U.S. Strategic Opportunities

Maintain Preeminence. Just as maritime preeminence is necessary to guarantee the freedom of the seas, so too are space and cyberspace preeminence needed to guarantee the freedoms of space and cyberspace. By committing to preeminence in all three contested and interlinked global commons, the United States will better protect its critical strengths; enhance its deterrence posture by being able to impose larger costs, deny greater benefits, and encourage more restraint, and reverse the growing perception of American decline. Having complementary domain policies and strategies fosters unity of effort, optimizes resource allocation, sends a strong deterrent message to potential adversaries, and reassures allies and partners. To do otherwise invites strategic misalignment and miscommunication and encourages potential competitors like China to further advance their counter-balancing efforts in the maritime, space, and cyberspace global commons.    

Protect the Global Commons. Now is not the time to cede territory in the contested and interlinked global commons of maritime, space, and cyberspace. China pursues very broad, long-term, and synchronized domain policies and strategies, and may view any perceived U.S. force posture reduction as another opportunity to reset the international accepted norms in its favor. Reduction may also increase Beijing’s confidence in its ability to shape and influence Washington’s decisions and encourage China to press the United States for additional domain concessions in return for vague and passing promises of restraint while it quietly and steadily expands and strengthens its positions in the global commons.                               

Dominate the Narrative. To compete with Beijing short of conflict, Washington needs to reframe the narrative that China dominates with accusations of containment. The United States could be more proactive and seize the messaging initiative like it does in the maritime domain. Former Secretary of Defense Carter hit the right resonance notes during the Shangri La Dialogue in June and in the November/December 2016 edition of Foreign Affairs with his gentle reminders to the region of America’s traditional role as the principal underwriter of maritime security, political stability, and economic prosperity in the Indo-Asia-Pacific; warning China not to build a “Great Wall of self-isolation”; and using the catchall concept of “principled security network of alliances and partnerships” to outline a vision that the United States has long sought to describe. The same needs to be done in the contested and interlinked global commons of space and cyberspace. The “balancing” message needs to be reiterated at every opportunity and at the highest level, and synchronized throughout the whole-of-government and with allies and partners. There can be no U.S. policy seams or diplomatic space for Beijing to exploit. In short, acknowledge that both countries have competing visions and encourage China to act as (or become) a more responsible global stakeholder that contributes positively to the international system.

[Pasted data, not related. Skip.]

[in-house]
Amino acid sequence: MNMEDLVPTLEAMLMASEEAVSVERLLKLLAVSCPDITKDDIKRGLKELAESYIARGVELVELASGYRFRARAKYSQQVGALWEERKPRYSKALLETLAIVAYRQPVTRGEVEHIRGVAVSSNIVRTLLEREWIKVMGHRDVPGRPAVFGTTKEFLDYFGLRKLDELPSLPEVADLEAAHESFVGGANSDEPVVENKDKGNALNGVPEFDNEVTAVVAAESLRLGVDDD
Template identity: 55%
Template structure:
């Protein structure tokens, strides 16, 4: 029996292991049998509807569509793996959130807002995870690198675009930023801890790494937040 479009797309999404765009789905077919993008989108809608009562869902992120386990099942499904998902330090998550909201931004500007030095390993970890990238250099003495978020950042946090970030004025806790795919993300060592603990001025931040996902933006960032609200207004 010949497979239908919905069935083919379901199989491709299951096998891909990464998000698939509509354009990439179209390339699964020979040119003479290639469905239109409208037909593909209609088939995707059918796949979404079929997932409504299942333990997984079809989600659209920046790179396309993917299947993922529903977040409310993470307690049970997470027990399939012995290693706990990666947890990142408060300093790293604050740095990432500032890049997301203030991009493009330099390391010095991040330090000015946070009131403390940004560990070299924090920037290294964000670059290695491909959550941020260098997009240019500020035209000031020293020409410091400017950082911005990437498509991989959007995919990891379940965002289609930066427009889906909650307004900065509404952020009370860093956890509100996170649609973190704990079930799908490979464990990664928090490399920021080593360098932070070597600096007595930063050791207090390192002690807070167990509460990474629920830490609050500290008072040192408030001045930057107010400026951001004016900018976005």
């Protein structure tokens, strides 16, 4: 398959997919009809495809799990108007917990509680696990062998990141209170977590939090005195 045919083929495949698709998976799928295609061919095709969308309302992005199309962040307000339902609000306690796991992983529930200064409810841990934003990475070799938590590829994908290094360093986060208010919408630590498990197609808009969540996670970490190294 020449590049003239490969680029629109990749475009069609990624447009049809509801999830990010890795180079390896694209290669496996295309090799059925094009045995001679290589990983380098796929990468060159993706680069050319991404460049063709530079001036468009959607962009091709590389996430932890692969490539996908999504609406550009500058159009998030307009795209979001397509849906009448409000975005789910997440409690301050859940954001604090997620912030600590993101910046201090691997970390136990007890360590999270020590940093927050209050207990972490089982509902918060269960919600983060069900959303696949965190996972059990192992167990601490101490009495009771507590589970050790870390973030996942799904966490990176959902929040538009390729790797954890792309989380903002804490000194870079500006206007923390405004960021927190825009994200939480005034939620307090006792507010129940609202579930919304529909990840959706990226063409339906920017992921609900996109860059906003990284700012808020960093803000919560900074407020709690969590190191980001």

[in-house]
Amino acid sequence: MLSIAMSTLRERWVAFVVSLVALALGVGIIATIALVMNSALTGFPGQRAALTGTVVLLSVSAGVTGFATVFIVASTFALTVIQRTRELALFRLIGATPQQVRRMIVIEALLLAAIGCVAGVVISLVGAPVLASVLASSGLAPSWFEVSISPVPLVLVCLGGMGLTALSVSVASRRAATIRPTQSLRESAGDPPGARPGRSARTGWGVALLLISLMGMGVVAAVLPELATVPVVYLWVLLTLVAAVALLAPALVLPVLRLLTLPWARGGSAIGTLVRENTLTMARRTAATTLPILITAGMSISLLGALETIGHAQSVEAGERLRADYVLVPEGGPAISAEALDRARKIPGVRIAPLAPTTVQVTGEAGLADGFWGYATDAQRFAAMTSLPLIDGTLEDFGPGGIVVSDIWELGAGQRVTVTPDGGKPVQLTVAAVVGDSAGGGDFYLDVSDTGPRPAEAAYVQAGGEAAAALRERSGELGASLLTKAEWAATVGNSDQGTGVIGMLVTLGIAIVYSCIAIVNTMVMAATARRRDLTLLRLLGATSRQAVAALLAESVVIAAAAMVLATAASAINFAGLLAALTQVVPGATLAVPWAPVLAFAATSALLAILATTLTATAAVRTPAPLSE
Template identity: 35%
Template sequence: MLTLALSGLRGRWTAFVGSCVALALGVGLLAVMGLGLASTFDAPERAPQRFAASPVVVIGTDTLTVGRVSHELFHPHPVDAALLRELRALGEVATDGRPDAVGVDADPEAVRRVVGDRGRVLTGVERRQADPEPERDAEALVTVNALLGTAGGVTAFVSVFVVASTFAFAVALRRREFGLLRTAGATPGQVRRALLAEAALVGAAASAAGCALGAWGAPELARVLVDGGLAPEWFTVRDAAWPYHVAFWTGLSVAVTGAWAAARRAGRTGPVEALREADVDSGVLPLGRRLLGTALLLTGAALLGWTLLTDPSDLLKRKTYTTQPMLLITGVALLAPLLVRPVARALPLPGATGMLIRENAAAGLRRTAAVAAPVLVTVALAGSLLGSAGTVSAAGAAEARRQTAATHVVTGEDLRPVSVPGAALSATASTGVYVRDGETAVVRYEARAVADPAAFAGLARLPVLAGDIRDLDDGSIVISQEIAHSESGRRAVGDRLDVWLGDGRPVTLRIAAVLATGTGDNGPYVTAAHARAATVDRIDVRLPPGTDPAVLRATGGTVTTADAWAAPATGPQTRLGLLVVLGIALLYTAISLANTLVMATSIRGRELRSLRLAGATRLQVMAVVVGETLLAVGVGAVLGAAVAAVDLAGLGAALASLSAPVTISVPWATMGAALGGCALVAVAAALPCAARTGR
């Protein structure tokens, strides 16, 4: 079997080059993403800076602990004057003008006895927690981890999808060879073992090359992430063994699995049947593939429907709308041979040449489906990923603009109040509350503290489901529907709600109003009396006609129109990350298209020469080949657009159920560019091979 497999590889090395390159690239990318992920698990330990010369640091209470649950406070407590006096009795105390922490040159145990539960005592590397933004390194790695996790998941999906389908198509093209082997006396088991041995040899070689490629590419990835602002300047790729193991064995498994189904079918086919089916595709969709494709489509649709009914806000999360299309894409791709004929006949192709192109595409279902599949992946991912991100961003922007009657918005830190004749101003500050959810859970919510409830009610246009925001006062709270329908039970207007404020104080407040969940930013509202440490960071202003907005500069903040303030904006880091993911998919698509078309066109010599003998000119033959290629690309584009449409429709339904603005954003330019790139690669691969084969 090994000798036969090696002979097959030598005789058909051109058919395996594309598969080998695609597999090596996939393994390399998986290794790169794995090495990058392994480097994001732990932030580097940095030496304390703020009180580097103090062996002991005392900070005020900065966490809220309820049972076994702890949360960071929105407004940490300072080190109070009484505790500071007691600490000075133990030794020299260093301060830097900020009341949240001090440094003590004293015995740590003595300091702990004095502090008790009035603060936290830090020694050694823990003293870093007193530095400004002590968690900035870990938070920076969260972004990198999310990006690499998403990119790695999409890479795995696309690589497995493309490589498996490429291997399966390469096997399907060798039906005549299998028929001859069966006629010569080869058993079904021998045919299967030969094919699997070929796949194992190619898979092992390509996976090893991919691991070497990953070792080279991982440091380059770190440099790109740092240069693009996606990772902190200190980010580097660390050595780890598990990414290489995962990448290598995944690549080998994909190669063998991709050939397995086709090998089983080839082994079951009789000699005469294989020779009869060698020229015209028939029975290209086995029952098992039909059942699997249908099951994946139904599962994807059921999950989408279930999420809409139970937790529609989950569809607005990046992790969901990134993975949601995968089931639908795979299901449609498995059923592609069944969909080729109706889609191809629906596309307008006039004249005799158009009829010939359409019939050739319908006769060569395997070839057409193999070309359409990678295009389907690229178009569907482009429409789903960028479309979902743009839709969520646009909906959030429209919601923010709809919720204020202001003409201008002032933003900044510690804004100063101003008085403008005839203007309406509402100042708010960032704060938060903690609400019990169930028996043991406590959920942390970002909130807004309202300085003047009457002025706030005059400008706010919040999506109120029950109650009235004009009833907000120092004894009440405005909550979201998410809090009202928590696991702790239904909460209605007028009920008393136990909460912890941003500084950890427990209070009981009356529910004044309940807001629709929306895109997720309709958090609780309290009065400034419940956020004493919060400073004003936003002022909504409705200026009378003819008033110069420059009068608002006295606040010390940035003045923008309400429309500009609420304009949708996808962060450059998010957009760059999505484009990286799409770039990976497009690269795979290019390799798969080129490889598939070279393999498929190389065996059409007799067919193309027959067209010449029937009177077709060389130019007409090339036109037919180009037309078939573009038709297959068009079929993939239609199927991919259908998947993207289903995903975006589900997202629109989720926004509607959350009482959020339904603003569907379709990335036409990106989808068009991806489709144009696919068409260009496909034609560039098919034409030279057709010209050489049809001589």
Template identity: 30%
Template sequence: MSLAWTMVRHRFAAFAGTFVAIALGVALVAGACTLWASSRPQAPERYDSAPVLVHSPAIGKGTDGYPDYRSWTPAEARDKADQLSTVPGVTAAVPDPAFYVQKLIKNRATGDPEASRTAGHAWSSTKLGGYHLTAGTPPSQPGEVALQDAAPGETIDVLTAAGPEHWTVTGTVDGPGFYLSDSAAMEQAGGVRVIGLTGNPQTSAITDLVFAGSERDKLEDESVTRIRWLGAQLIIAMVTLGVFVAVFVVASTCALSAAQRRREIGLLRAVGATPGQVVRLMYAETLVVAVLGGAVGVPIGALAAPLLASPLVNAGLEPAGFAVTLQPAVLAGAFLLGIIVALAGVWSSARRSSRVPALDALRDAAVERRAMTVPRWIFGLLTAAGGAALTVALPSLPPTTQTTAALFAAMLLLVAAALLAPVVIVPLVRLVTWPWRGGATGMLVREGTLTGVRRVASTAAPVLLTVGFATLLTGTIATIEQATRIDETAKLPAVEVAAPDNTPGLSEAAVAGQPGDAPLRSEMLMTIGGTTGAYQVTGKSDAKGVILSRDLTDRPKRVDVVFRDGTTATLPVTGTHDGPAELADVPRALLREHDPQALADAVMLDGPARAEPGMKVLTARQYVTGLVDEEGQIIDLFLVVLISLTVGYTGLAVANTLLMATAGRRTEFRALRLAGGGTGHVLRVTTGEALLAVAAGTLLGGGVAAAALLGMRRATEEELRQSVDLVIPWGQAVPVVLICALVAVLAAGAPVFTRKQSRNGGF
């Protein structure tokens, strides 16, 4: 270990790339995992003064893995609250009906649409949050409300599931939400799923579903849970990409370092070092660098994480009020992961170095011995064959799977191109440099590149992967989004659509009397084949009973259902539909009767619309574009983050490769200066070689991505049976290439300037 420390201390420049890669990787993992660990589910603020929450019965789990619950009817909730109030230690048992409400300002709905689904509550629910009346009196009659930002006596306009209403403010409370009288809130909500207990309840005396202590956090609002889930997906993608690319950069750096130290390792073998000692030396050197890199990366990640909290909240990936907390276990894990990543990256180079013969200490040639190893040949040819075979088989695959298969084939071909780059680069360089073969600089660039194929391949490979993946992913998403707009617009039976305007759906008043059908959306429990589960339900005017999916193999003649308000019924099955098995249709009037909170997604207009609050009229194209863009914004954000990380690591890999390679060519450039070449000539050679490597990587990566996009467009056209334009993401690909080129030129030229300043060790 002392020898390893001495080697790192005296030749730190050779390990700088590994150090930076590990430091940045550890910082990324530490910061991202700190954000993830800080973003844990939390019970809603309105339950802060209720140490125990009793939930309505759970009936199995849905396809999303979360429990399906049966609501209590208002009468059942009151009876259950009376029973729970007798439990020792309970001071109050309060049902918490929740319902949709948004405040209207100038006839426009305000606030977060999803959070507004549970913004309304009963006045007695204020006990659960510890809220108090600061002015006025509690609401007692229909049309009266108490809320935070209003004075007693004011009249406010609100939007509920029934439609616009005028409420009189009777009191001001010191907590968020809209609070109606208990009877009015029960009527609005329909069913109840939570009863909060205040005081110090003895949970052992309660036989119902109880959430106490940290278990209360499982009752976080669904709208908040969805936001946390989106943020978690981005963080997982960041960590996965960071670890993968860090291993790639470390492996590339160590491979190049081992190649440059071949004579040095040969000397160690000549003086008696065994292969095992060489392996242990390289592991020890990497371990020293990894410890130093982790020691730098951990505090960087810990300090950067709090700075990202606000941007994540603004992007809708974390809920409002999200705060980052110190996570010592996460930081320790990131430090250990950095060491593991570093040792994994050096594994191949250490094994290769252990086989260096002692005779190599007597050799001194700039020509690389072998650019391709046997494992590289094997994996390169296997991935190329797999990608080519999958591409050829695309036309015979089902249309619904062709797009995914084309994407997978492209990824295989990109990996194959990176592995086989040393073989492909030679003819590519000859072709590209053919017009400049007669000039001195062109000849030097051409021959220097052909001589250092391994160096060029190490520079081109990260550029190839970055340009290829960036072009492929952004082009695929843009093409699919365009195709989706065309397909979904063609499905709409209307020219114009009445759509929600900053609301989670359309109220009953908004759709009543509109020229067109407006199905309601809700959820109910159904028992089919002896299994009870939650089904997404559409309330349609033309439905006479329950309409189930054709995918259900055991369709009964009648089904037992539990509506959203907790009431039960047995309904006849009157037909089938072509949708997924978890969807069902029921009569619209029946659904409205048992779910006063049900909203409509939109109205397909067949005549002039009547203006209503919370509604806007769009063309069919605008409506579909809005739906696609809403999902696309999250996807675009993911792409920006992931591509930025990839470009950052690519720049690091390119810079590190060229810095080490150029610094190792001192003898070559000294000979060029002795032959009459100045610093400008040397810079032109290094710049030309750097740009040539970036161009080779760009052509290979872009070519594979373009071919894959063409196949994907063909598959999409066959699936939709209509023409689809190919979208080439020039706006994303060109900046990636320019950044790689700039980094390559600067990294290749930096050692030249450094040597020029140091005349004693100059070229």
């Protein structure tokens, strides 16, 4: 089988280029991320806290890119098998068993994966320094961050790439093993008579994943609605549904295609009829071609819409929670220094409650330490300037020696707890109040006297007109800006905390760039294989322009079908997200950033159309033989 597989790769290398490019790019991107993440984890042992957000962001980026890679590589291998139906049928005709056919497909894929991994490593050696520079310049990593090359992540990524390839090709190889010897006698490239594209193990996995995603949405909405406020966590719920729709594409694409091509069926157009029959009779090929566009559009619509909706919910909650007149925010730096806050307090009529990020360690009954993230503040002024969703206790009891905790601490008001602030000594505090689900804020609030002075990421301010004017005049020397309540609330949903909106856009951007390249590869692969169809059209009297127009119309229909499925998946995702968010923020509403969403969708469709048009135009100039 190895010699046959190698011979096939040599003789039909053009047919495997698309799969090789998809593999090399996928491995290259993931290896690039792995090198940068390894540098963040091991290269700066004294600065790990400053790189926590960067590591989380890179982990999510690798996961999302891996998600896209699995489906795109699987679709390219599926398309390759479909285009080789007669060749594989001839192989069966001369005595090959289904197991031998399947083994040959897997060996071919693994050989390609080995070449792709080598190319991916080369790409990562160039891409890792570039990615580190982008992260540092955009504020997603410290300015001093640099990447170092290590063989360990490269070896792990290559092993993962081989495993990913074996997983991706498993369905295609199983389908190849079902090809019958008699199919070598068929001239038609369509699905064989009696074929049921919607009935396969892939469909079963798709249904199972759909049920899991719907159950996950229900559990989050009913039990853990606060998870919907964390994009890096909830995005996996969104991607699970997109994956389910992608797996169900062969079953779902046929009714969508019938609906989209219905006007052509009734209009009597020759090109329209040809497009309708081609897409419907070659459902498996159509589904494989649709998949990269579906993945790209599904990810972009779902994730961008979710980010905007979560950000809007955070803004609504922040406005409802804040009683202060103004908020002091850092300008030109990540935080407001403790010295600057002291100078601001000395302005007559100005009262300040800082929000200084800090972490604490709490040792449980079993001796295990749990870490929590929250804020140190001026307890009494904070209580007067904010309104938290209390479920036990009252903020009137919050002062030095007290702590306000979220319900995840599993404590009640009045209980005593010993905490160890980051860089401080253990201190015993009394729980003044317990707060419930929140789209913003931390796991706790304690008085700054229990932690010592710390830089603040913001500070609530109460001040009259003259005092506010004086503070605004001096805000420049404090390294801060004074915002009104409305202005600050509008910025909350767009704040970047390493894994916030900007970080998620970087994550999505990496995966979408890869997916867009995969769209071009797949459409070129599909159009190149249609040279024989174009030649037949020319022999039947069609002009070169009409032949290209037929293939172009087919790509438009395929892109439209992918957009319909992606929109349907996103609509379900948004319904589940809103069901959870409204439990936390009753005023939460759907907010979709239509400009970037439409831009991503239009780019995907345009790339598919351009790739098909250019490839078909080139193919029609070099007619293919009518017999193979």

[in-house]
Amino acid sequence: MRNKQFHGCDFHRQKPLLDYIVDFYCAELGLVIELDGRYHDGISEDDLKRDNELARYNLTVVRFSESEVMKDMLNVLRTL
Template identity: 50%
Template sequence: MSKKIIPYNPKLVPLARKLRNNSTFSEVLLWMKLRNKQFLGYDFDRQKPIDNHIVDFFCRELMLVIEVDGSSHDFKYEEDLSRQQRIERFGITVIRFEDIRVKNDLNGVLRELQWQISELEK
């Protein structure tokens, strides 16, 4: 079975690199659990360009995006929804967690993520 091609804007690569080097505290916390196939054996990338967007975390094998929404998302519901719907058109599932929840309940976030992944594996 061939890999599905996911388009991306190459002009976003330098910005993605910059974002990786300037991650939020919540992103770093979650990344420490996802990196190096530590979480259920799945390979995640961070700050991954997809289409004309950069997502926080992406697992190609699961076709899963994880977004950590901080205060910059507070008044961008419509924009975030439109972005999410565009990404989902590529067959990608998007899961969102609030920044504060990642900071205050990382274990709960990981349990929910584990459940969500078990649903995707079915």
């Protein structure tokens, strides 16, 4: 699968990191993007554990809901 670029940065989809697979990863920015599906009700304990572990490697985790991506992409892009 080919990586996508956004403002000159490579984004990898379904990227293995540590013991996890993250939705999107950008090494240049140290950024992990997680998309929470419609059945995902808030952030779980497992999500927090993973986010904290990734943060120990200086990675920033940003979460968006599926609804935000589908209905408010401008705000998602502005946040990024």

Seize the Initiative. The maritime strategy and accompanying domestic maritime laws are coming, but China has not said when. The same can be largely said in the space and cyberspace global commons. Hence, Washington could privately and publicly ask Beijing now for discussions and briefings on its developing domain strategies and laws; challenge vague or problematic content and context, such as how the security and economic pieces fit together, and inquire how they comport with international law and rule of law, and if they do not, why not. Otherwise, silence concedes the strategic initiative to Beijing and allows it to control the strategic narrative.

Conclusion

At the end of the day, the strategic window of opportunity to shape and influence Beijing’s developing domain strategies may soon close for Washington. To China, U.S. inaction implies tacit acknowledgement and consent to execute its domain strategies and strategic ambitions unhindered and unchallenged. At stake is nothing less than U.S. preeminence in the contested and interlinked global commons of maritime, space, and cyberspace, and ultimately as a global power. For decline is a deliberate choice, not an imposed reality. 

Tuan Pham has extensive experience in the Indo-Asia-Pacific, and is published in national security affairs. The views expressed therein are his own and do not reflect the official policy or position of the U.S. Government.

Featured Image: The Tianhe-2 Chinese supercomputer at the National University of Defense Technology in Changsha. (Zhao Zilong/Imaginechina, via Associated Press)

Leave a Reply